Health Care in the United States

Health care in the United States is modern and scientific. Physicians, clinics, and pharmaceutical companies seek the newest and most advanced treatments. Patients expect their doctors to use the most modern methods of diagnosis and treatment, so their symptoms can be identified and their illnesses treated quickly and effectively. Technology plays an important role in specialty care and in the diagnosis and treatment of illness.

Health care is very expensive in the United States. Health care costs, including hospital and clinic charges and doctors’ fees, are determined by market conditions. Treatment is provided on a “fee for service” basis. Payment is due when the service is rendered, using personal funds or previously purchased health insurance.

There is no universal national health care insurance plan in the United States. Americans must arrange for their own health insurance; most do so through their employers or by purchasing private policies for themselves and their families. It is a violation of immigration law for non-immigrants (including F-1, F-2 students and dependents) to accept public assistance, even for medical care. In some cases, accepting such assistance could prevent you from securing a visa abroad or reentering the United States. You are responsible for payment of your health care costs, just like everyone else in the United States. The only exceptions are for certain very poor and elderly U.S. citizens and residents. In some cases, you may be refused medical care and services if you are unable to pay for them.

Medicaid and Other Public Benefits

Do not accept public benefits, such as Medicaid. That has been a consistent message from the Immigration and Naturalization Service and the U.S. Department of State for many years. Now there are even tighter restrictions due to Congress’ recent enactment of the Welfare-Reform and Illegal Immigration Reform and Immigrant Responsibility Acts.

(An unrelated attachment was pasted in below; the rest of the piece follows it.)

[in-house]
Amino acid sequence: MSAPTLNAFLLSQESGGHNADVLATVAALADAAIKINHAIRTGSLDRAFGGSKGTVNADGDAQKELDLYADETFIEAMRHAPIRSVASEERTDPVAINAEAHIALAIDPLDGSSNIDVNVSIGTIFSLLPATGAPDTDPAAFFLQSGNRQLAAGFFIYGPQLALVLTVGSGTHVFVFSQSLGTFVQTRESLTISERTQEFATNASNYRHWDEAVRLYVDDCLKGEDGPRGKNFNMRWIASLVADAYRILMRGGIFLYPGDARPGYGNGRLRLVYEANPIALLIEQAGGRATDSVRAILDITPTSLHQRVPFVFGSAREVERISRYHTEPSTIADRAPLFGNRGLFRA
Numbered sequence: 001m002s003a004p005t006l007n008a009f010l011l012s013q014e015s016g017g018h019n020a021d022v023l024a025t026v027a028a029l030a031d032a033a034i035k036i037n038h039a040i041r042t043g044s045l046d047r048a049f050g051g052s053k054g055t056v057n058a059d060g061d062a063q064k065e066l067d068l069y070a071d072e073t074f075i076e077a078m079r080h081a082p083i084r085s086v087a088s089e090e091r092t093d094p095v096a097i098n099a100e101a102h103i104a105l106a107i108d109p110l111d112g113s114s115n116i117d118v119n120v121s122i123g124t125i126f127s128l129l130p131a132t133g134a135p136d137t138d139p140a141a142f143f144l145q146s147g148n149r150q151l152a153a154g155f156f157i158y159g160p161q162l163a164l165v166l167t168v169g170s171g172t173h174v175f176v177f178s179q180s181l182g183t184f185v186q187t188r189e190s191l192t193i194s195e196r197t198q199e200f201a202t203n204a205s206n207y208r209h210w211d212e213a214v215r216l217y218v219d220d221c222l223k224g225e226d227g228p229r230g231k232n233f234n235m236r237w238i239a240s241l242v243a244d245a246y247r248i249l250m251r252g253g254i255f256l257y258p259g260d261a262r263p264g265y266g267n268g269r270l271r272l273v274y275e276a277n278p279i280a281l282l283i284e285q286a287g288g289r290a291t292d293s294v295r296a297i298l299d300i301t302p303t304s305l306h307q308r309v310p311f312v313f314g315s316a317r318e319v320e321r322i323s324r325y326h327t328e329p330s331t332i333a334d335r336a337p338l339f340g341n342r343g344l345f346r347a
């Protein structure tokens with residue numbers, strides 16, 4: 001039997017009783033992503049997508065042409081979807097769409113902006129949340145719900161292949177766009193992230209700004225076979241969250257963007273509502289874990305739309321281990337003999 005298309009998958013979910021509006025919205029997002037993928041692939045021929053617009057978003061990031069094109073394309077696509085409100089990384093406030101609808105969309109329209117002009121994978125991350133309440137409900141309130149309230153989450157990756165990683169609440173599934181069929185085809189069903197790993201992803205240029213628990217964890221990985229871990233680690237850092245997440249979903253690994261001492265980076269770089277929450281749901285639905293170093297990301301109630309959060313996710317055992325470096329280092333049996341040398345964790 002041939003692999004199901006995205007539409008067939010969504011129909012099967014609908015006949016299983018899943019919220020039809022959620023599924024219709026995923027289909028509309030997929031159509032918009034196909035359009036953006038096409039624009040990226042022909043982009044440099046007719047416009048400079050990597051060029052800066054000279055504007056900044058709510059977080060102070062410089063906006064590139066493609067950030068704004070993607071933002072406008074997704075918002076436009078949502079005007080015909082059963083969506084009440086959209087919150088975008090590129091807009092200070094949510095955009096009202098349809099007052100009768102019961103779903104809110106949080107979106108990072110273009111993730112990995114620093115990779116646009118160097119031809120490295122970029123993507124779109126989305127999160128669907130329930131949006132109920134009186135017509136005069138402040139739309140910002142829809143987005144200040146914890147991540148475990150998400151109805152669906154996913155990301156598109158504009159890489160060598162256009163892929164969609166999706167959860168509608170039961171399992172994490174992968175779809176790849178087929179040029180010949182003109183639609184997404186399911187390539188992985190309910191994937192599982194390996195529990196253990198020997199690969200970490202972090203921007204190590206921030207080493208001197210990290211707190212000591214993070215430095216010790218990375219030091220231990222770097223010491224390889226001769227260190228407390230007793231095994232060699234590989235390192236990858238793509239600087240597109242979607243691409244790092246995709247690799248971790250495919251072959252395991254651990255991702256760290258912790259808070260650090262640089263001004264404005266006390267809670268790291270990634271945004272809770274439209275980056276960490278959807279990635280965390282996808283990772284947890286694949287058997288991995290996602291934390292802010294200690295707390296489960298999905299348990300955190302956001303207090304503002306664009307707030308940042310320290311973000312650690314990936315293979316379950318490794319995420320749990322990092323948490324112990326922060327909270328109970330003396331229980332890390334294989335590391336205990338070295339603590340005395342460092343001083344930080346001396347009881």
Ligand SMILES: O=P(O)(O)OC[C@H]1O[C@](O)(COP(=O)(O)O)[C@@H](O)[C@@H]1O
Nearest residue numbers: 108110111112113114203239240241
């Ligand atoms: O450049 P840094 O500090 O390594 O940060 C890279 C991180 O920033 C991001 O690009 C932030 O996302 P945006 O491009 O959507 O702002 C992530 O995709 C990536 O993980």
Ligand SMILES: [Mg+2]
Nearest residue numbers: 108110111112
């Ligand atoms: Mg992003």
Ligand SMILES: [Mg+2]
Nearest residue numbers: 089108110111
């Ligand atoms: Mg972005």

All non-citizens, such as international students, scholars, and their dependents, are now barred from means-tested federal benefit programs such as Aid to Families with Dependent Children (AFDC), Medicaid, and food stamps. Virtually all public benefits are prohibited except for Emergency Medicaid — but beware of that too! Despite the fact that well-meaning employees of medical and social service offices sometimes encourage students or their spouses to accept Emergency Medicaid funds to defray child-birth costs, the consequences of accepting public funds may be that these individuals are barred from returning to the U.S. after a trip abroad! For example, a graduate student in California was recently excluded from the United States because his wife paid for a hospital visit with Medicaid funds two years earlier. He was only allowed back into the country after he repaid the money from Medicaid.

Students and their family members have always been required to show that they have the means to be self-supporting during their stay in this country. However, in the present political and legal environment, the issue of whether a non-citizen will become a public charge – legally defined as a person dependent upon charity – is applied today much more strictly than in years past.

While for the vast majority of international students there is never any question of accepting public benefits, it is important that you are aware of the new and harsher environment surrounding these issues.  Don’t listen to others who encourage you to use these benefits, despite the economic advantages. The most obvious way to avoid a financial situation where you are tempted to apply for these funds is to maintain adequate health and accident insurance, as you are requested to do by AUNE. If you have any questions, please inquire at the Admissions Office.